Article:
Continuing our series in the ways that World Vision has gone woke, we bring you Session Nine of their May We Be One curriculum. Moderated by Dr. Soong-Chan Rah and Rev. Sandra Maria Van Opstal on May 20, 2021, it featured Dr. Michelle Ami Reyes speaking on the Asian American Pacific Islander Experience and why Jesus was “code-switching.”
In this session, Van Opstal introduces her guest by explaining that she can teach us all the ways “in which we have participated and or not known how our country has participated in the pain of the Asian American community and in being complicit…with the things that have happened to them.”
This is after Dr. Soong-Chan Rah explained that white folk use their “white gaze” to view Asian people as either “threats” or “pets” and gave us the helpful diagram below:
She then introduces us to guest Dr. Michelle Reyes. She’s a speaker, author, activist, and the Vice President of the Asian American Christian Collaborative who has written for TGC and the ERLC. She’s all in on Critical Race Theory, writing in a blog post on her website:
White privilege relies on racialization, a system of values that says one group of people is superior to all others because of the color of their skin. This system has been weaponized to justify the cruel treatment of and discrimination toward non-white people throughout American history
….White privilege is both a cause and legacy of racism. It is a conscious act rooted in historic inequities, and it continues to reinforce systemic racism today. When it comes to racial trauma, displacement, the cruel treatment and discrimination of people of color, or the country’s history of slavery, we have to acknowledge the role of white privilege.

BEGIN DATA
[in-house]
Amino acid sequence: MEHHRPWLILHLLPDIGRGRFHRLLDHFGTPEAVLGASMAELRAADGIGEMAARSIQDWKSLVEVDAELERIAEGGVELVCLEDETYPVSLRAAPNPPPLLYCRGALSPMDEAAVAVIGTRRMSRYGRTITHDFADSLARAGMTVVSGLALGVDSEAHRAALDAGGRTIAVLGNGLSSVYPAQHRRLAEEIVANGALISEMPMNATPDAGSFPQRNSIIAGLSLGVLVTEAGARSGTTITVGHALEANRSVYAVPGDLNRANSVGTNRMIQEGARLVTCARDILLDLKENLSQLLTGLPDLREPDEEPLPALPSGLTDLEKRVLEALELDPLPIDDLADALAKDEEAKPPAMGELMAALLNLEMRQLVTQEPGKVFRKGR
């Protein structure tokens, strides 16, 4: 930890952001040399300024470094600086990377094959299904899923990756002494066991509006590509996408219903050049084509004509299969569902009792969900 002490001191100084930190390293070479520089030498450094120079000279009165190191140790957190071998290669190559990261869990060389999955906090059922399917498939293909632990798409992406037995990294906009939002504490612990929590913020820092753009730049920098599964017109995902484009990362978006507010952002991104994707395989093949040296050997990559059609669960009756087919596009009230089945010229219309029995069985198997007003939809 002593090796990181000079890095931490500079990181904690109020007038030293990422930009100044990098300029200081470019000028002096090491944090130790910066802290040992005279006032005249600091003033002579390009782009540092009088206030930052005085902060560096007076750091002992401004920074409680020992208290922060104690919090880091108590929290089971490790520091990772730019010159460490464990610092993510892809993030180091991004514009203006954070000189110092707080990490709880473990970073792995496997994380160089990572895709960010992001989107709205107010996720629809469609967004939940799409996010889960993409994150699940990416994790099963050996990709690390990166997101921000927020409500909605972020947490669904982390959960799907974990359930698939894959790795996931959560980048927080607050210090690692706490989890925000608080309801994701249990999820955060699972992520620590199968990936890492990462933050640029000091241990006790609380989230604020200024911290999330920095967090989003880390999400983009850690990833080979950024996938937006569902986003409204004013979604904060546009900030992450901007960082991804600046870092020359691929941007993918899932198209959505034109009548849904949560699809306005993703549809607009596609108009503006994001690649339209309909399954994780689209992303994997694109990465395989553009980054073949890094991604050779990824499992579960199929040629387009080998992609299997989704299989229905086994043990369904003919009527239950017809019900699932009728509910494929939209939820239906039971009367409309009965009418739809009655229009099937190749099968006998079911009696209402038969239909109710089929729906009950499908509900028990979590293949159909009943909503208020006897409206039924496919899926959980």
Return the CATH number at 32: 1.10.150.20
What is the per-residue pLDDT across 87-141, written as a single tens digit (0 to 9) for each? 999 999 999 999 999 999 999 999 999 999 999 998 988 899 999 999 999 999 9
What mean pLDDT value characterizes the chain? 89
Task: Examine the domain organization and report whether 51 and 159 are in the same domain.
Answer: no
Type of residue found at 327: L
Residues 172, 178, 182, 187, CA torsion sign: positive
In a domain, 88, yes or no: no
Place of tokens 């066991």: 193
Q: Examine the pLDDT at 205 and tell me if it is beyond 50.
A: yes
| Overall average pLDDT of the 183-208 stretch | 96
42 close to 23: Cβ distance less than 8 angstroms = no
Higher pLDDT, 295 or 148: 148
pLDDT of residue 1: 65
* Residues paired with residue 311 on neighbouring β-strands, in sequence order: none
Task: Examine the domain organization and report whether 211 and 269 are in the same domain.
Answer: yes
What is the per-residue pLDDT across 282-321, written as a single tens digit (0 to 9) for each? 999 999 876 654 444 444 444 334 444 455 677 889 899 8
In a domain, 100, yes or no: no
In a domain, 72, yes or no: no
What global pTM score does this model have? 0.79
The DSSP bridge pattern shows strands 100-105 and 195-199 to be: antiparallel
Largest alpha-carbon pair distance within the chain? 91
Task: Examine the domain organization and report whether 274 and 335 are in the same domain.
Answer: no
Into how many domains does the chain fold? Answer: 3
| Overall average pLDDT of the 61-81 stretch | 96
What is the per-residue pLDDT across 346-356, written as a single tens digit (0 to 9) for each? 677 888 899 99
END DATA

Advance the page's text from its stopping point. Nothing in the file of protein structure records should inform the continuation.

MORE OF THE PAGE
….But if we aren’t willing to sit with the weight of guilt when it comes to the sins of racism, we will never understand that we are the problem. Unless we acknowledge the existence of white privilege, we can’t understand our own complicity in it.
Each of us needs to do the hard work of examining our own biases and actions. We cannot separate the past from our present. They are interconnected. Repenting for the sins of historic slavery and its current iterations in our society is a necessary step in beginning to work toward a more equitable and just future, both inside and outside the church.
It is on this note that she tells thousands of pastors and tens of thousands of laymen listening in all about “code-switching,” explaining that Jesus and Paul did their own version of this in the first century.
All of us code-switch in different ways at different times. Sometimes it’s just about putting our best foot forward, like that the first time we go on a date with somebody, or we have a job interview or something like that. We’re trying to present ourselves in the best possible light. So the other person will like us, want to hang out with us, hire us, fill in the blank.
When it comes to minorities, when we talk about code-switching, this is that thought that pops into our brain, like ‘you’ve got this, just act white.’ It’s this way of saying, ‘I’m going to hide my own ethnicity, or my ethnic heritage, my cultural expressions. I’m gonna hide the way that I perhaps act at home so I can fit in within this majority of whitespace.’
And usually it’s not just about fitting in, it’s about trying to survive. It’s trying to not be made fun of, to not be shamed, to not be bullied verbally or physically. So there’s a lot of fear, and trauma that goes into code-switching, as well.
And so, as a caveat, and what I argue in that chapter of my book is that it’s important for historically disempowered minorities to understand that the Bible is not calling us to hide who we are, to be ashamed of who we are, to code-switch merely as a means for survival, and to sort of give in to the status quo.
She concludes by explaining that Jesus would code-switch in order to ensure that he doesn’t come across as “offensive” or so that people will be able to fully hear and receive his message.
But rather, I think we see in the life of Jesus, we see in the life of Paul, that they are able to code-switch. And by that, as I mentioned, they know that they are studiers of people.
They understand how people think, how people tick, theological difference, world differences, a worldview, even just sort of social norms, what’s appropriate, what’s inappropriate. When they step into a room or they step into a new town, they have those ideas at their forefront and say, ‘Okay, if I’m going to connect with this person, I need to shift in this way, or I need to adapt myself in this way so I don’t come across as offensive or that my message will be heard.‘
The original video can be seen here.
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